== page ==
Human Resources Technology Conference: A Roundup of Top Trends

HR Technology Conference 2018: Top Trends Roundup

The future of work is now. This was a common refrain shared by industry leaders at this year’s HR Technology Conference in Las Vegas.

Millennials now make up the majority of the workforce, while their younger counterparts in 'Gen Z' are moving into the picture. And, now more than ever, employees are in the driver’s seat when it comes to choice on the culture and place where they work. This is the evolution that’s brought us to the “future of work” – the shifting shape of the workforce and the new employee expectations that come with it.

The HR Technology Conference served as a sounding board for what this means for HR leaders and how technology can (and will) be used to address this shift and shape the future of the workplace. Here are the items on the forefront of HR leaders’ minds as they try to keep pace:

Consumerism Is the Name of the Game

As Randi Zuckerberg, founder and CEO of Zuckerberg Media, shared as part of her keynote, “future consumers aren’t 20 or 30 years off, they’re already here — and they’re driving the way businesses are selling both products and experiences.”

Consumerism has been part of the conversation for awhile now in HR, but the phenomenon's staying power underscores that it has and will forever impact not only individual employers, but the entire idea of the employee experience as we know it.

People are accustomed to the day-to-day interaction they have with consumer technology, like being able to access their bank accounts with the click of a button or buy products from the comfort of their home with just a few finger swipes. That carries over into the workplace, as employees increasingly expect that their experience at work will include technology that provides relevant information, ease of use and leads them to more informed decisions.

This has never been more clear than in employee benefits. Employees want and need a high level of personalization to help them understand the benefits that are relevant to their needs at each stage of life.

With user-focused benefits technology, it’s possible to give employees that level of personalization in the benefit options presented within the enrollment process, as well as in the communication to help them use those benefits effectively.

Find out what it means to protect consumers at every stage of life.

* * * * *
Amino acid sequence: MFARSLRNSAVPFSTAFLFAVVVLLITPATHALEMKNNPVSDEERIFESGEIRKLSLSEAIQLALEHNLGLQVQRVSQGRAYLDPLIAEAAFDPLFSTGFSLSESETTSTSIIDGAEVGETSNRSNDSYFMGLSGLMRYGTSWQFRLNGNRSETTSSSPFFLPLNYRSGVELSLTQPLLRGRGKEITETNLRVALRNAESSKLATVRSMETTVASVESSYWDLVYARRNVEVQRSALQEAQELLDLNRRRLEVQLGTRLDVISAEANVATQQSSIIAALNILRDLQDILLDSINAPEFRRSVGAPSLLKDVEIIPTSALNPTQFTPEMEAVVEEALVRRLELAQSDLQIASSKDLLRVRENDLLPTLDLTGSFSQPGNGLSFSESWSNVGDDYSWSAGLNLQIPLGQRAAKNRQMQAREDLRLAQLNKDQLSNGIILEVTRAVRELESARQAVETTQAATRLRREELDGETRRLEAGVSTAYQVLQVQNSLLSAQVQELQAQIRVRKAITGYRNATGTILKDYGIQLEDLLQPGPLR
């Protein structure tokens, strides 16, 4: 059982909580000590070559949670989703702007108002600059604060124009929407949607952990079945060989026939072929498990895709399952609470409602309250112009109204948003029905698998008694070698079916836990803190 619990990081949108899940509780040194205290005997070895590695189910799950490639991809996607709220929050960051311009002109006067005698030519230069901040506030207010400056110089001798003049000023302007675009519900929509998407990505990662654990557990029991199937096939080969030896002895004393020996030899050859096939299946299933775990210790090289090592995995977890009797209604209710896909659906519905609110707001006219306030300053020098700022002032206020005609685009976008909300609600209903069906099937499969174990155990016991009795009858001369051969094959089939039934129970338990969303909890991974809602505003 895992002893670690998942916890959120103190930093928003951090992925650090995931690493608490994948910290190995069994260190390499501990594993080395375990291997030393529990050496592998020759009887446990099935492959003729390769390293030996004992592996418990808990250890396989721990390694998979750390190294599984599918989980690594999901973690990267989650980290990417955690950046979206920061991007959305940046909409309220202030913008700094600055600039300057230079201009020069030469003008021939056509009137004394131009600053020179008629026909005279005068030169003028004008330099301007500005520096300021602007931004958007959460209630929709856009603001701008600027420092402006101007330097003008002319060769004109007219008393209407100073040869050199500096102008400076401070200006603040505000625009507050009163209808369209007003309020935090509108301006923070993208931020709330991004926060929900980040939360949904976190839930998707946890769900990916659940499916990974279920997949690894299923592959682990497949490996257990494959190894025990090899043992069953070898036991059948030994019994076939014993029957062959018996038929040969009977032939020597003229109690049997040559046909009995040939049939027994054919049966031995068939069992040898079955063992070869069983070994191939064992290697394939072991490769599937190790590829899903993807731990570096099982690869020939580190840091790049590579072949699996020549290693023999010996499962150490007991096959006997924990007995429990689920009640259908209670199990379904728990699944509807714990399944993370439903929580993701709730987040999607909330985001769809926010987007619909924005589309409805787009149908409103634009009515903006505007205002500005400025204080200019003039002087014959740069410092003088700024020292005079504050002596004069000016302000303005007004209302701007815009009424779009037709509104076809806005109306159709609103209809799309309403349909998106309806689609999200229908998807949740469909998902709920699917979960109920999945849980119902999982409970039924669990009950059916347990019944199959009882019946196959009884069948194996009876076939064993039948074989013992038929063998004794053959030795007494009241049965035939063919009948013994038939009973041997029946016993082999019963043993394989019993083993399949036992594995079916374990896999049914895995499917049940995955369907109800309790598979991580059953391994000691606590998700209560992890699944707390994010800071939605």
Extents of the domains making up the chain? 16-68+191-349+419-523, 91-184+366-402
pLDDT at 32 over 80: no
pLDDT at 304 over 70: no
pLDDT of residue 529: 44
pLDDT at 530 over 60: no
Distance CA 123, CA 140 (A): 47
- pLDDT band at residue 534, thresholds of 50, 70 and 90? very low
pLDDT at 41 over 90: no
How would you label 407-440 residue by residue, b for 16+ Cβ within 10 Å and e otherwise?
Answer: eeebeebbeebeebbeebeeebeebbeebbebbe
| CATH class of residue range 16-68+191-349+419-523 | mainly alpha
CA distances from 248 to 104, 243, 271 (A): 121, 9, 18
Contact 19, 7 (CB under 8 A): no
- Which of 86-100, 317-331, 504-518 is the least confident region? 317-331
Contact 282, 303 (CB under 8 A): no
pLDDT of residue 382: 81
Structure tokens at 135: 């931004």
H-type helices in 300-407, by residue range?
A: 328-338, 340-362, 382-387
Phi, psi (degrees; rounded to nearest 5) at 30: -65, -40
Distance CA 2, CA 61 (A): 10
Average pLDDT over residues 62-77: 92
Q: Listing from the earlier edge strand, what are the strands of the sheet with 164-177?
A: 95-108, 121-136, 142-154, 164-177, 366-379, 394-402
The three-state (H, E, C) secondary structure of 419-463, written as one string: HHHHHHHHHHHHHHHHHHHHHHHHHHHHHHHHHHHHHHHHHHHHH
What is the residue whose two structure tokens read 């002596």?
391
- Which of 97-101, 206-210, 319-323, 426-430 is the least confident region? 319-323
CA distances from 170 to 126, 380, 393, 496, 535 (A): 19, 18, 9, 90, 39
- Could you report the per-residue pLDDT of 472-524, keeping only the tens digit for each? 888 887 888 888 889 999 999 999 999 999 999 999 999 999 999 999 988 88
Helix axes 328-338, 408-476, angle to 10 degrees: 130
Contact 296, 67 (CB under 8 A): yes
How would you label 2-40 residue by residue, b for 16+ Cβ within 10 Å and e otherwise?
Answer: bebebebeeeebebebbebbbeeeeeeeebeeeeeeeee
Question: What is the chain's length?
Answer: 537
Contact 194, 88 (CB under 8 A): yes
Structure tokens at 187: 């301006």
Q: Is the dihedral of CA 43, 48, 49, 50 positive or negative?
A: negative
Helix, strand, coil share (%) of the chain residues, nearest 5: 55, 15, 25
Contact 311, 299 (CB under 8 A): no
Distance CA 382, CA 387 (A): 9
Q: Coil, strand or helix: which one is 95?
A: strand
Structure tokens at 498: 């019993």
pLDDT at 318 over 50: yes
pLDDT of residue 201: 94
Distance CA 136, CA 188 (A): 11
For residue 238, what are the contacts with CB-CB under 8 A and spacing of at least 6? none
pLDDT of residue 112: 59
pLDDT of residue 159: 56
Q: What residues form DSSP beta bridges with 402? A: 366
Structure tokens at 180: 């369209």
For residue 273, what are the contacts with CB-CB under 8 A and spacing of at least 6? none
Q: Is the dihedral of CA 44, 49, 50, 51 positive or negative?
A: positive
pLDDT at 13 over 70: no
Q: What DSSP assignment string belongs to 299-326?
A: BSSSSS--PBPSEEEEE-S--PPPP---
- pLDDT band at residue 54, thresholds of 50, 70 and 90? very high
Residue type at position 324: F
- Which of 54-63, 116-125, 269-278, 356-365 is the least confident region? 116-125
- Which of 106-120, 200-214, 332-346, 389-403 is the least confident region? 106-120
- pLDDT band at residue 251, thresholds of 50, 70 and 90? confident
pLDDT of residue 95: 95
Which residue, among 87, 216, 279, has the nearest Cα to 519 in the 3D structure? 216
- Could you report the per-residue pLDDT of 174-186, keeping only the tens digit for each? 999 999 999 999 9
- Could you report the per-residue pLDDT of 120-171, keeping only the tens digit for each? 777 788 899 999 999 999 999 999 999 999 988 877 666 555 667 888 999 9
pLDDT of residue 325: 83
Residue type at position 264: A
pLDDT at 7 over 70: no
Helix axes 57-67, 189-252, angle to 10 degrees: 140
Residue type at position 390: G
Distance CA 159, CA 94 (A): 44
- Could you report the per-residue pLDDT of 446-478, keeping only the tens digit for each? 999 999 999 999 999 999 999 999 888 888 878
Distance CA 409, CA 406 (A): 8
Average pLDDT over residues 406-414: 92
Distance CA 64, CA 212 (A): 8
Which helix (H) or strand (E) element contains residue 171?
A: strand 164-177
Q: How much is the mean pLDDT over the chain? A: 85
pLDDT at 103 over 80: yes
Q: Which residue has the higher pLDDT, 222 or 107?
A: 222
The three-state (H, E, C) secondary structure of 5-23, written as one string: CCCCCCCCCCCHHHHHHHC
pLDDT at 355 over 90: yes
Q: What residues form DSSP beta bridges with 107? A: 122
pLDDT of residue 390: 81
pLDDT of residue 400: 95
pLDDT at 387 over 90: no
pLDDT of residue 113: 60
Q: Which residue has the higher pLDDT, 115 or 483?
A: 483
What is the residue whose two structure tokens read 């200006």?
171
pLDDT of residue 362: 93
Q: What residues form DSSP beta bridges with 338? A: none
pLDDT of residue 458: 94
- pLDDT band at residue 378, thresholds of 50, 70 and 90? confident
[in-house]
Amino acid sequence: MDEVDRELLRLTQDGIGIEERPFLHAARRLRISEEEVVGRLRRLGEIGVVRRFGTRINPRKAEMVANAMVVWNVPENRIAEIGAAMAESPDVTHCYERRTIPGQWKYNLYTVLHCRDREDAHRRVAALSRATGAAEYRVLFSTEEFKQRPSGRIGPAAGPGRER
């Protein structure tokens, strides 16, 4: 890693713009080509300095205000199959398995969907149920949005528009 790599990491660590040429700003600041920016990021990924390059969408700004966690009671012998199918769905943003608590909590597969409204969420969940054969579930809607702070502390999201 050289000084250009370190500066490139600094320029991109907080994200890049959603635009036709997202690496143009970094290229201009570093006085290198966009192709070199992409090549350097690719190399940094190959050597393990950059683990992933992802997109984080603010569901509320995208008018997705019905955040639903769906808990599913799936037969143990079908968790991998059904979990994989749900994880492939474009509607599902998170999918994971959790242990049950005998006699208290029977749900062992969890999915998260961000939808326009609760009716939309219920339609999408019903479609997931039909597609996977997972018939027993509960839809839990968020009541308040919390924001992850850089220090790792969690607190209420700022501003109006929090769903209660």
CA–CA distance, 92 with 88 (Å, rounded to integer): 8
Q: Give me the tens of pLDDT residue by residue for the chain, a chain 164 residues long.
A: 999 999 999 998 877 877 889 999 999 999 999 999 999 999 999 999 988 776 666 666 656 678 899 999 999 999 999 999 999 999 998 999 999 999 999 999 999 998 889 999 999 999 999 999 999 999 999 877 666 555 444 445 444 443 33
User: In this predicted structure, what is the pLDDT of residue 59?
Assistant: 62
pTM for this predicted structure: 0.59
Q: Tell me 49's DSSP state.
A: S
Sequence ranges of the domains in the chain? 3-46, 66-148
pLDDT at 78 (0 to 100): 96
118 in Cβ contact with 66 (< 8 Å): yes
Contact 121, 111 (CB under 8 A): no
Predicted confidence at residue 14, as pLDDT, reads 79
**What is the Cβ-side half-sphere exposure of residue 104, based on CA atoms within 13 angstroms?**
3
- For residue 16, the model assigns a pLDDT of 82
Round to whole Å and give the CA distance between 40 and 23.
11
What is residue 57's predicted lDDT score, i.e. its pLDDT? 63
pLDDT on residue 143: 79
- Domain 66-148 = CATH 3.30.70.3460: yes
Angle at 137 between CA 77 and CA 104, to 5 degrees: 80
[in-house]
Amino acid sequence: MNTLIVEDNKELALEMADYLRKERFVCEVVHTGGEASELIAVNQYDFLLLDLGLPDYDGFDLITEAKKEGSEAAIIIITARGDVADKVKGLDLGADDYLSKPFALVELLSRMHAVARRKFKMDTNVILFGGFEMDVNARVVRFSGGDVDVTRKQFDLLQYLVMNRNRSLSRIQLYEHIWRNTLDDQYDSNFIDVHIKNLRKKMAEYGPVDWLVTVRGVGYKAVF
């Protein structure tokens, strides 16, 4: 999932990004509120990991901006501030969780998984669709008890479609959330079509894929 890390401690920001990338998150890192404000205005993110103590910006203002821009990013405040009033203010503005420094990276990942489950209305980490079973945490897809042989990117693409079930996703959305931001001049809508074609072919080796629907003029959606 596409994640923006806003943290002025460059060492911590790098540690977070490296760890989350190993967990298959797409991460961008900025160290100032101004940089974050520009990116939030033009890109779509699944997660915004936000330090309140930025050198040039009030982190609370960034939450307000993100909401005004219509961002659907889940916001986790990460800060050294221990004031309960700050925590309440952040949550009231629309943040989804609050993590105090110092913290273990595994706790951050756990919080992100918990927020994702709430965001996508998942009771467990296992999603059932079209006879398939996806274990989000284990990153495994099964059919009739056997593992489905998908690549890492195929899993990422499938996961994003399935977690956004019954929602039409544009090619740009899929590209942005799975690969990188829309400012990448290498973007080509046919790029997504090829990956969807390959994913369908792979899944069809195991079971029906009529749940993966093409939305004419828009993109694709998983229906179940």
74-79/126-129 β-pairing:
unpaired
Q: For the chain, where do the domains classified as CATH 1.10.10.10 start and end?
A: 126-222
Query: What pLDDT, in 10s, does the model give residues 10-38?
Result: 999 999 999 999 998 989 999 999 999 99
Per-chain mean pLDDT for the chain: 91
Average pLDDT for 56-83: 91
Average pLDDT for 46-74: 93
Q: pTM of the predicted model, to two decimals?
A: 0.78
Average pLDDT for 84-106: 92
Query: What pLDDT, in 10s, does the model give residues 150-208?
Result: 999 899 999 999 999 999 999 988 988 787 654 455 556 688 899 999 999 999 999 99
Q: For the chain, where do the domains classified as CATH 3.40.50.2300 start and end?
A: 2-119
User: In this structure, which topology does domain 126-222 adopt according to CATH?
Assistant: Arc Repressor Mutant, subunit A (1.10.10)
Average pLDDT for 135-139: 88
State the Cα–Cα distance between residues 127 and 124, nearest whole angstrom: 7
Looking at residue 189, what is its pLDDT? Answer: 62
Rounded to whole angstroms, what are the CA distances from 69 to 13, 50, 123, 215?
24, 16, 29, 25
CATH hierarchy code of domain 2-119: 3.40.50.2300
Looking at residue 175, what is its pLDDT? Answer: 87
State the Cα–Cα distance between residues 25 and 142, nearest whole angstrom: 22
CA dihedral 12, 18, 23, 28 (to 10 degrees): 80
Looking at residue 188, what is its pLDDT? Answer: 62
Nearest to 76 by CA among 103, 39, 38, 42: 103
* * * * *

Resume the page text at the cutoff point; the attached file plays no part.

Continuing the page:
People Analytics: Data Is Power

Employers have the data to drive positive change in the workplace. For those not already using their data to their advantage, the time to start is now.

HR and benefit teams work on some of the most sensitive issues within an organization, and when you consider the shifting dynamics of the workplace and the fact that employee satisfaction matters more now than ever before, data is a powerful way to improve talent management.

Google was a pioneer of people analytics, using it as a foundational building block that informs everything they do to find, develop and retain “Googlers.” They use data to inform challenging people issues (e.g., Are we losing our organization’s highest performers and why?) or important people decisions (e.g., Who should lead this new initiative?). People analytics is also increasingly being used to help organizations uncover the root causes for gender pay gaps.

People analytics is starting to be employed by companies beyond the likes of Google, but another area where HR has a wealth of data is benefits. Today's HR leaders are being asked to curb health care spending while still offering employees competitive total compensation. So, when an analytics-centric culture is applied to benefits, it can go a long way in helping organizations contain health care costs without compromising coverage.

Read our latest blog post on how to take the guesswork out of employer health plan design.

AI in HR: What’s Achievable?

A topic that came up throughout the conference focused on the acceleration of new technologies in the workplace, namely artificial intelligence (AI).

It’s certainly making an impact on our lives at home with technologies like Amazon’s Alexa—a virtual assistant ready to help with a variety of tasks such as playing music, adjusting the lights in your house and unlocking doors. But when it comes to the workplace, it's clear from discussions at the conference that there are many questions surrounding it, such as: Is it the best approach to take? How do we develop a clear strategy around it? What are the obstacles our organization is likely to face with AI?

What was agreed on is that there's potential for AI to support areas within HR, such as recruiting, performance evaluation and employee education.

Recruiters are anticipating the ability to screen job candidates without the limitations of human bias and error. There's also potential within the benefits function in terms of triaging common benefit questions and requests or promoting usage of employee benefits, especially as benefit packages become more diverse. 

However, AI is still at the beginning of its hype in the workplace and there's a lot left to be determined. Overall, the message was to pay attention to new opportunities with technology, but continue to focus on personalized decision support when it comes to benefits.  

What's Next?

Benefitfocus has its own annual HR technology conference, but the content is 100-percent focused on benefits!

Join us next March in Charleston, S.C., for One Place, the annual conference that brings together the world's largest community of benefits professionals, brokers, insurance executives and product suppliers to connect, learn and innovate.